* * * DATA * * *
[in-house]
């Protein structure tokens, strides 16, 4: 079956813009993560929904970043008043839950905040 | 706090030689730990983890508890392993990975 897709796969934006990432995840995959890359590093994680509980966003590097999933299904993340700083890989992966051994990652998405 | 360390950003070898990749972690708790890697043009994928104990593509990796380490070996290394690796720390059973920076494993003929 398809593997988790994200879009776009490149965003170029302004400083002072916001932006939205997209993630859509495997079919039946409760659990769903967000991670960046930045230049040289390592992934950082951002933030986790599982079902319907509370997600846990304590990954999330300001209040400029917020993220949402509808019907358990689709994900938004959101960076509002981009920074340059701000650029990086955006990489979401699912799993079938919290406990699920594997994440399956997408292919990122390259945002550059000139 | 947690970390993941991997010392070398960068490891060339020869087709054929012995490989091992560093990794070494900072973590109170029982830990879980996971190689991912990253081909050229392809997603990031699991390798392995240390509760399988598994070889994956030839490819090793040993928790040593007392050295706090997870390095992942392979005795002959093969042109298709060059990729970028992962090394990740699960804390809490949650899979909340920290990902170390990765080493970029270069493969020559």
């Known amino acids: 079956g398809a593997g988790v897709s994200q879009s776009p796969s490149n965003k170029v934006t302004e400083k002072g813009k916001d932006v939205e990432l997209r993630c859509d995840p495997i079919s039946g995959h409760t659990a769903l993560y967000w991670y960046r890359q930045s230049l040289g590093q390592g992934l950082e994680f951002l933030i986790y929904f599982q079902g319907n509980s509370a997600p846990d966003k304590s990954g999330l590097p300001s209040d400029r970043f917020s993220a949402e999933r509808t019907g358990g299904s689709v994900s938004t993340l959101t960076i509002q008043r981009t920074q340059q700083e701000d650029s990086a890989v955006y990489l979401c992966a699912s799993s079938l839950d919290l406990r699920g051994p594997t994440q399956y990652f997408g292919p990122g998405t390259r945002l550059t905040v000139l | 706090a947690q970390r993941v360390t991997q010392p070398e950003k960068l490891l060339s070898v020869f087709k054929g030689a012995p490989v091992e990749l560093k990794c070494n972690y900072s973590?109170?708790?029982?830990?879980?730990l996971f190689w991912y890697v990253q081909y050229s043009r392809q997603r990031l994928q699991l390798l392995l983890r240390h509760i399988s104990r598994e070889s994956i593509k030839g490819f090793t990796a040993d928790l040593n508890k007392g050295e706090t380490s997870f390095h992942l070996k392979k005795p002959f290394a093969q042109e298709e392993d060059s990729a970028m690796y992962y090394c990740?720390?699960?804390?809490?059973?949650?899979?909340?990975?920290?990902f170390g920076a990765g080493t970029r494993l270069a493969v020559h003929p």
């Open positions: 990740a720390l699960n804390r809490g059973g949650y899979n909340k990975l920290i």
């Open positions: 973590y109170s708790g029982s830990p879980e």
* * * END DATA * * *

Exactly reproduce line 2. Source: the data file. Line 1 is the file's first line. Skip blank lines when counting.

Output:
């Protein structure tokens, strides 16, 4: 079956813009993560929904970043008043839950905040 | 706090030689730990983890508890392993990975 897709796969934006990432995840995959890359590093994680509980966003590097999933299904993340700083890989992966051994990652998405 | 360390950003070898990749972690708790890697043009994928104990593509990796380490070996290394690796720390059973920076494993003929 398809593997988790994200879009776009490149965003170029302004400083002072916001932006939205997209993630859509495997079919039946409760659990769903967000991670960046930045230049040289390592992934950082951002933030986790599982079902319907509370997600846990304590990954999330300001209040400029917020993220949402509808019907358990689709994900938004959101960076509002981009920074340059701000650029990086955006990489979401699912799993079938919290406990699920594997994440399956997408292919990122390259945002550059000139 | 947690970390993941991997010392070398960068490891060339020869087709054929012995490989091992560093990794070494900072973590109170029982830990879980996971190689991912990253081909050229392809997603990031699991390798392995240390509760399988598994070889994956030839490819090793040993928790040593007392050295706090997870390095992942392979005795002959093969042109298709060059990729970028992962090394990740699960804390809490949650899979909340920290990902170390990765080493970029270069493969020559």